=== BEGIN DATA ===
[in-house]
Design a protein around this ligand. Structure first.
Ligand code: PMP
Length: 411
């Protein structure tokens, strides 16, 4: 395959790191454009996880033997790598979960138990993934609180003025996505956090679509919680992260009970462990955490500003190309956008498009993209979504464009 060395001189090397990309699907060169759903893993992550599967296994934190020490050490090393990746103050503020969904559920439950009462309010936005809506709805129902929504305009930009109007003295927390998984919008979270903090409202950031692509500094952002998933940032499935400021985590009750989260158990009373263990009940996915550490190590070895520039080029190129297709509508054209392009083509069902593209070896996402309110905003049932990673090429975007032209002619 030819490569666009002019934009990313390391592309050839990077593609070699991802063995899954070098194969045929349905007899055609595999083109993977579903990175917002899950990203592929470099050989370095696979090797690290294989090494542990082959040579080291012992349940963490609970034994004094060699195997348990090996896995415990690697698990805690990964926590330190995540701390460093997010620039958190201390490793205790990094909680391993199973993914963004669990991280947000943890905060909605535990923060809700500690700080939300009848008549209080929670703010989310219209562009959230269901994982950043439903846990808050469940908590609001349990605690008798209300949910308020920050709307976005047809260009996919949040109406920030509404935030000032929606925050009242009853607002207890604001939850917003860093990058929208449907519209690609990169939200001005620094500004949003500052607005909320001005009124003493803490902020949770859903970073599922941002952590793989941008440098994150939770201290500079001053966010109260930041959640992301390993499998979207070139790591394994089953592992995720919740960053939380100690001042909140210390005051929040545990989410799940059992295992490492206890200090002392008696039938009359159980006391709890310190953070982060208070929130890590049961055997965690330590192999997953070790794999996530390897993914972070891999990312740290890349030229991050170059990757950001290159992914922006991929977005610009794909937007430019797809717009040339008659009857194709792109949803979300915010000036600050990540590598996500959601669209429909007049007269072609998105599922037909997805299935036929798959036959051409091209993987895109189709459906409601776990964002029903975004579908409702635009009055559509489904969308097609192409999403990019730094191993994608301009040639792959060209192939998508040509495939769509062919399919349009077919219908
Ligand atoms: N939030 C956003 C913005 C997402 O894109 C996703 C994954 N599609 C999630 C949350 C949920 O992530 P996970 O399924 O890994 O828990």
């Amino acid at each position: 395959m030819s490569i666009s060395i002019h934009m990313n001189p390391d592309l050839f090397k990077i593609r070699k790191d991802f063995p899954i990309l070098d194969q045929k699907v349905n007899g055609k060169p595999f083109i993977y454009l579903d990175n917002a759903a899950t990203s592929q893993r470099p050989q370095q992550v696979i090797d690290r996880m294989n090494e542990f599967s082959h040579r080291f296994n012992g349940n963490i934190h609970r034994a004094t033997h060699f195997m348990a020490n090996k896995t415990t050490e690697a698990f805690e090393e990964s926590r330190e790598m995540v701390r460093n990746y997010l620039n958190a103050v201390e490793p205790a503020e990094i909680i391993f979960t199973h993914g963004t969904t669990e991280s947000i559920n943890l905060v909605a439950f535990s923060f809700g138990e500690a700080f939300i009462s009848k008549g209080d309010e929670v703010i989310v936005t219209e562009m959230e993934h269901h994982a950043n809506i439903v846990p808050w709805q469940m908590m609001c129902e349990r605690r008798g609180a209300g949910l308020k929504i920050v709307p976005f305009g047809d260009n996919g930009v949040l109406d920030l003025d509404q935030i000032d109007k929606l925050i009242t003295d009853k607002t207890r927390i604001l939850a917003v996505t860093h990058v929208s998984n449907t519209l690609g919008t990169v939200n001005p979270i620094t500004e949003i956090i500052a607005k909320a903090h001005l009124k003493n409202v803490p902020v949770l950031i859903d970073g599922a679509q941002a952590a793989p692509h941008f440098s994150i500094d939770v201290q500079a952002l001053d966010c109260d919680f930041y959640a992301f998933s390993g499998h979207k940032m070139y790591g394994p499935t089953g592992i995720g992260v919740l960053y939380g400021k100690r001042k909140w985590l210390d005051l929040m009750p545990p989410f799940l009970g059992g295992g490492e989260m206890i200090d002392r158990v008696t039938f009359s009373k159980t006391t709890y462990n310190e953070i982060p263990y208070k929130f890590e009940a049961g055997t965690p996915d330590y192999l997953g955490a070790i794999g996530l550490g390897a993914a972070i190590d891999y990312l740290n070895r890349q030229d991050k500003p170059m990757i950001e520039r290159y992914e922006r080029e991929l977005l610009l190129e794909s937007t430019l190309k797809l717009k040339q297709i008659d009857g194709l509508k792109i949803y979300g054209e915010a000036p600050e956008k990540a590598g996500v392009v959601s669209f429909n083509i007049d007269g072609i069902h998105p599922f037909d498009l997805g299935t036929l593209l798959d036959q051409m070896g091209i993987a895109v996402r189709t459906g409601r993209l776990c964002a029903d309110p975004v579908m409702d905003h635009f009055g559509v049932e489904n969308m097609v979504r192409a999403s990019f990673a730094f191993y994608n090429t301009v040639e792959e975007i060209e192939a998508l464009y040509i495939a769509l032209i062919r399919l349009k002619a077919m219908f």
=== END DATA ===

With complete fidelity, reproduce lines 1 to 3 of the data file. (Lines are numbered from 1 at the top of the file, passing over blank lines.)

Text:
[in-house]
Design a protein around this ligand. Structure first.
Ligand code: PMP